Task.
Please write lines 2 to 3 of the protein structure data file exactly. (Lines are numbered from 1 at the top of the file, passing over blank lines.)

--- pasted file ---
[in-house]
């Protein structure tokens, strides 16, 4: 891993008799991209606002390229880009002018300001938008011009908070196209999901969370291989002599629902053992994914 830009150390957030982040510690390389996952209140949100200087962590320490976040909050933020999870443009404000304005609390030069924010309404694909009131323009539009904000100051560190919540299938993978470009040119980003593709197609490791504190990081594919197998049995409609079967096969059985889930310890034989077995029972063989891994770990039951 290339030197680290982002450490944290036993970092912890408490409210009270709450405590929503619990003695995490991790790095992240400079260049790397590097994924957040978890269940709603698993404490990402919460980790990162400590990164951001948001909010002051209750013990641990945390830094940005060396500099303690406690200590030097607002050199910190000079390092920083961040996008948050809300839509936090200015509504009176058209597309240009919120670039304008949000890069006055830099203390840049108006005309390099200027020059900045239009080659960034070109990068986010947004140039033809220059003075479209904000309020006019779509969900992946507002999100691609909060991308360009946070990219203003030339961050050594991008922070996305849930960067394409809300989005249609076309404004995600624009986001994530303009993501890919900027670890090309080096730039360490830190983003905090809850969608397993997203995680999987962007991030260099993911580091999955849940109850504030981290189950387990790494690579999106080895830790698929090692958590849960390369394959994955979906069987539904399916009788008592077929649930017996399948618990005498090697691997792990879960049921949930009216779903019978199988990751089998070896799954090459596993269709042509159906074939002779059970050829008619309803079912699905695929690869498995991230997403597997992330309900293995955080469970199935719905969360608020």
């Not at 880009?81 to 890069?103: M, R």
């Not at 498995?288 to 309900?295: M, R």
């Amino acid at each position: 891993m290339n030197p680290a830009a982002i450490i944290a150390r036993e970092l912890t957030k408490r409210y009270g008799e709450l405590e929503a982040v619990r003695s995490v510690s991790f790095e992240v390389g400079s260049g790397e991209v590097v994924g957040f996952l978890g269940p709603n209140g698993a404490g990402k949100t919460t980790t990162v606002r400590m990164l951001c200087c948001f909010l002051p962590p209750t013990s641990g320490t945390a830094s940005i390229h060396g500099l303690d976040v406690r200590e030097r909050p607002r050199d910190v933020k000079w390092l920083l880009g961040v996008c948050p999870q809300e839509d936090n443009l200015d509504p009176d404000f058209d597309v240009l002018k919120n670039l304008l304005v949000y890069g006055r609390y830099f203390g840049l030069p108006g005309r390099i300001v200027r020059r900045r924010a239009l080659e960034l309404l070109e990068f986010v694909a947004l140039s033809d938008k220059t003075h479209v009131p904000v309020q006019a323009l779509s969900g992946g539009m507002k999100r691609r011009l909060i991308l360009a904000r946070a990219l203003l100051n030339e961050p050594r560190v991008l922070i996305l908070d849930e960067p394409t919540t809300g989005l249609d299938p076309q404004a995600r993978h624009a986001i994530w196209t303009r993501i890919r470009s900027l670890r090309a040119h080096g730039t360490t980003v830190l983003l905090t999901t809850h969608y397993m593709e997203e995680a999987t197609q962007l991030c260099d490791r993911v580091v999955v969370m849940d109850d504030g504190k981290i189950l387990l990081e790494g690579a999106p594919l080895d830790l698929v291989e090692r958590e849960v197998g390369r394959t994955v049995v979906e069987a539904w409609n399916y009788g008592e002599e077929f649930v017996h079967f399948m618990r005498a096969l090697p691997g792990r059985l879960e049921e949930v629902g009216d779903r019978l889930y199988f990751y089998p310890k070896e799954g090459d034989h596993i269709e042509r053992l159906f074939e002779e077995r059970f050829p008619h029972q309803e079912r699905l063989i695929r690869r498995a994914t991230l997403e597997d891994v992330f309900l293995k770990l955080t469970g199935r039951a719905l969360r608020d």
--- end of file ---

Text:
């Protein structure tokens, strides 16, 4: 891993008799991209606002390229880009002018300001938008011009908070196209999901969370291989002599629902053992994914 830009150390957030982040510690390389996952209140949100200087962590320490976040909050933020999870443009404000304005609390030069924010309404694909009131323009539009904000100051560190919540299938993978470009040119980003593709197609490791504190990081594919197998049995409609079967096969059985889930310890034989077995029972063989891994770990039951 290339030197680290982002450490944290036993970092912890408490409210009270709450405590929503619990003695995490991790790095992240400079260049790397590097994924957040978890269940709603698993404490990402919460980790990162400590990164951001948001909010002051209750013990641990945390830094940005060396500099303690406690200590030097607002050199910190000079390092920083961040996008948050809300839509936090200015509504009176058209597309240009919120670039304008949000890069006055830099203390840049108006005309390099200027020059900045239009080659960034070109990068986010947004140039033809220059003075479209904000309020006019779509969900992946507002999100691609909060991308360009946070990219203003030339961050050594991008922070996305849930960067394409809300989005249609076309404004995600624009986001994530303009993501890919900027670890090309080096730039360490830190983003905090809850969608397993997203995680999987962007991030260099993911580091999955849940109850504030981290189950387990790494690579999106080895830790698929090692958590849960390369394959994955979906069987539904399916009788008592077929649930017996399948618990005498090697691997792990879960049921949930009216779903019978199988990751089998070896799954090459596993269709042509159906074939002779059970050829008619309803079912699905695929690869498995991230997403597997992330309900293995955080469970199935719905969360608020």
């Not at 880009?81 to 890069?103: M, R």